The Dow making new highs is likely to be very good news for silver investors, because nominal silver peaks tend to come after significant nominal peaks in the Dow. These stock market rallies are driven by the expansion of the money supply, causing a big increase in value of paper assets (including stocks) relative to real assets.

When the increase in credit or the money supply has run its course, and is unable to drive paper price higher; value then flees from paper assets to safe assets such as physical gold and silver, causing massive price increases.

The two most significant nominal peaks of the Dow were in 1929 and 1973. Silver made a significant peak in 1935, about six years after the Dow’s major peak in 1929. Again, in 1980, silver made a significant peak, about seven years after the Dow’s major peak in 1973. So, if the Dow is currently forming a major peak (like I think it is), we could possibly expect a major peak in silver, towards the end of this decade to early next decade. This means we are likely to have rising silver prices for many years to come.

In 1929, when the Dow was making its peak, silver was still in a downtrend which only bottomed in 1931. However, in 1973, silver was already in an uptrend by the time the Dow peaked:

 

Dow vs Silver 70s

Dow vs Silver 70s

The top chart is the Dow from 1966 to 1974, and the bottom one is silver during the same period. Silver was already in an uptrend when the Dow peaked. The Dow made a major nominal peak near the beginning of 1973, with silver peaking about a year after that. Furthermore, silver made a major peak in 1980, about seven years after the Dow’s 1973 peak.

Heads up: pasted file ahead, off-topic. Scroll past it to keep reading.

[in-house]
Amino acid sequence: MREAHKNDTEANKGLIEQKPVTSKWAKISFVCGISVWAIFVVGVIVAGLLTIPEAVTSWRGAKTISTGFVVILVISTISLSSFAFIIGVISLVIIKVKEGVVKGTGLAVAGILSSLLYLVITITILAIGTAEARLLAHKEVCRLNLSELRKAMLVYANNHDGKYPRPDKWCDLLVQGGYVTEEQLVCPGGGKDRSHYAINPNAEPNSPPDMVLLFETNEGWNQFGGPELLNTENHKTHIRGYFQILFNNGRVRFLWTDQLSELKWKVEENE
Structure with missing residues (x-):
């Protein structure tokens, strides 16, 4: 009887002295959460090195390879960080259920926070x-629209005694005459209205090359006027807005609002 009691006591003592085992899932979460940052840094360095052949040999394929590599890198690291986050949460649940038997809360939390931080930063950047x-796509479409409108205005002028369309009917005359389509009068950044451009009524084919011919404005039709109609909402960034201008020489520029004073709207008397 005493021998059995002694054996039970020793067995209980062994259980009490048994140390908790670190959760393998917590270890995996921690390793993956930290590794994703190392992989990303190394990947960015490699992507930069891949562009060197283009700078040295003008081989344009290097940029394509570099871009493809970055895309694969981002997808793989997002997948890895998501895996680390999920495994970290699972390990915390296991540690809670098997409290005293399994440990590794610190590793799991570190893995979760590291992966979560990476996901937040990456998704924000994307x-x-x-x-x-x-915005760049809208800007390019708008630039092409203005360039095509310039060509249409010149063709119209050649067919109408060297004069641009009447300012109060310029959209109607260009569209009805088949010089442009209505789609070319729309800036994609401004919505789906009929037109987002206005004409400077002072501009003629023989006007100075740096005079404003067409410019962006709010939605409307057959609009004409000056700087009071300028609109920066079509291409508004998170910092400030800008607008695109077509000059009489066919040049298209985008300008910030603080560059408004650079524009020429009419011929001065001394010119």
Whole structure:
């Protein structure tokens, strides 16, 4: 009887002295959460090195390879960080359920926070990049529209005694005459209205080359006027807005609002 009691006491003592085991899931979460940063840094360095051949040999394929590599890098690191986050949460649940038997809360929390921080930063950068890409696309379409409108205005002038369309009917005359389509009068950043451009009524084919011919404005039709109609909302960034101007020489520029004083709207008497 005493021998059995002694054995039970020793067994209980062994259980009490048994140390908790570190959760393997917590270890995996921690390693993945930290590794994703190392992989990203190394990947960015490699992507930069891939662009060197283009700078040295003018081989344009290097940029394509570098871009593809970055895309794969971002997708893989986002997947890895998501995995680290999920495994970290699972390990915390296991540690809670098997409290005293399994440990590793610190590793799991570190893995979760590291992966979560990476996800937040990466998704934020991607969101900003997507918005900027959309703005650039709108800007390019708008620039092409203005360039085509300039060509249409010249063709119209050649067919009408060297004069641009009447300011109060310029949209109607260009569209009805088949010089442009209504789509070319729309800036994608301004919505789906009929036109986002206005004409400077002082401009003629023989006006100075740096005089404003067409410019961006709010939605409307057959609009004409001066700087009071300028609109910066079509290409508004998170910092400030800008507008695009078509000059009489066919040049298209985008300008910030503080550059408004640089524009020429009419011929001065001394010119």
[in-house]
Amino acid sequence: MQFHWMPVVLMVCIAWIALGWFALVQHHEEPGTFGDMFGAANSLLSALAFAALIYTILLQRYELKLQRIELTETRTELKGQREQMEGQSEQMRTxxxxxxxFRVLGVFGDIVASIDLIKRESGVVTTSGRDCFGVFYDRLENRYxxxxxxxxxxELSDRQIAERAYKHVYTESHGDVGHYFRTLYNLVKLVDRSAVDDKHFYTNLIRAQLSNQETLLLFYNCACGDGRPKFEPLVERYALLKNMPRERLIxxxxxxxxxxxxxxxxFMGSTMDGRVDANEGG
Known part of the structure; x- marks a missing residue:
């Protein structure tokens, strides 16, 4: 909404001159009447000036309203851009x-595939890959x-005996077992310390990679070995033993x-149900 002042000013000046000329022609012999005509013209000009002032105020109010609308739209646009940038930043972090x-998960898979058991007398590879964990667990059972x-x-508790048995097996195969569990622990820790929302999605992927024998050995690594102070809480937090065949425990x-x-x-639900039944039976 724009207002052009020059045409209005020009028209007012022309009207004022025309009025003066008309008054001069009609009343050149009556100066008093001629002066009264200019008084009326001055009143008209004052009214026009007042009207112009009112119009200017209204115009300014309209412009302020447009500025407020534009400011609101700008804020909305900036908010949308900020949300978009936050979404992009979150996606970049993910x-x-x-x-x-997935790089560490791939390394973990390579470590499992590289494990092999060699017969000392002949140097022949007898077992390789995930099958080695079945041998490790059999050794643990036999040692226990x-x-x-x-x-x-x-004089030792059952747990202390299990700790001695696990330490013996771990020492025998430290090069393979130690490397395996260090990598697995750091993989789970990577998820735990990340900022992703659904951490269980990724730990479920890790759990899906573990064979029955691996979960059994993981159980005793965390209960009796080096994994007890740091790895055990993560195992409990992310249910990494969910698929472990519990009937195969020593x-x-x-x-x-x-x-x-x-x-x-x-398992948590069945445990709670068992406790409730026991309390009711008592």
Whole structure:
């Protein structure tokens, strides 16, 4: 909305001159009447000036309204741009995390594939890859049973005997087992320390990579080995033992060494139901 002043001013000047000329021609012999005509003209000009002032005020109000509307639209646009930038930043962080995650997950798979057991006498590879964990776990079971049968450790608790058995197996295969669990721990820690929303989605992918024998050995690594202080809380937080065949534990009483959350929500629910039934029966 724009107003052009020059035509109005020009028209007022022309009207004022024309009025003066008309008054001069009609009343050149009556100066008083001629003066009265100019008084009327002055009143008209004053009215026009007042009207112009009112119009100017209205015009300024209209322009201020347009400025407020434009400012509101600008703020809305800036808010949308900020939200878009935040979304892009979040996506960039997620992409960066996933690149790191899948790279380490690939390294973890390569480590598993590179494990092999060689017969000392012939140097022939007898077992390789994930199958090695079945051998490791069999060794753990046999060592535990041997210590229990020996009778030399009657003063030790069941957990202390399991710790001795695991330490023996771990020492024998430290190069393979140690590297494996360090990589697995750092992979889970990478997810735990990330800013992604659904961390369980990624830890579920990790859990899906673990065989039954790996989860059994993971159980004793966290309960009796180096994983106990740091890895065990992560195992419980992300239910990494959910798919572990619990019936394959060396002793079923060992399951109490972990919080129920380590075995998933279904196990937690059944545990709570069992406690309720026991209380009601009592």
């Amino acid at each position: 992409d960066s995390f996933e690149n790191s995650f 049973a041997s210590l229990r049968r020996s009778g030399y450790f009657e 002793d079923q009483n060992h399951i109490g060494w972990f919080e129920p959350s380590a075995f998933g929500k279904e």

Notice that silver was still trapped within a cup formation (lower than the cup’s high), out of which it only broke out after the Dow peaked.

Below is a current comparison between the Dow (top chart) and silver (bottom chart):

 

Dow vs Silver current bull market

Dow vs Silver current bull market

Like in 1973, silver is already in an uptrend long before the Dow’s possible major peak. The uptrend will still be intact, even if price falls further. If the Dow does peak very soon, will we have a silver top close to a year after the Dow’s peak? Also, will we have a major peak in silver coming some years after, like the 1980 peak?

Silver is again trapped within in a cup formation, lower than the cup high. This time the cup is much broader.  Again, can we expect a breakout from the cup’s high sometime soon after the Dow tops – like it did in 1973?

I believe that given the two questions above, the near future of the Dow will be telling for future silver prices.

The Dow’s relationship with the Dow/Gold ratio is highlighting something interesting regarding this current silver bull market compared to the previous two. Below is a 100-year chart of the Dow/Gold ratio:

 

dow gold ratio with Dow nominal peaks

dow gold ratio with Dow nominal peaks

 

In 1929, the Dow peak came at the same time as the Dow/Gold ratio peak; therefore, the nominal peak and the real peak coincided. The 1973 nominal Dow peak came 7 years after the Dow/Gold ratio peak. We are currently almost 14 years past the Dow/Gold ratio peak, and we still have not had a nominal peak in the Dow.

What is this progression in the timing of the Dow’s nominal peak relative to the Dow/Gold ratio telling us? Is this a natural progression or is it proving how increasingly bigger efforts are applied to artificially prop up the stock markets?

Whatever the reason, it has created a setup for a massive financial panic. Value is likely to run from paper assets to silver and gold like never before. While the first part of this collapse of paper assets has been relatively controlled; the last phase is far more likely to result in chaos. This means that the Dow’s collapse could be vicious.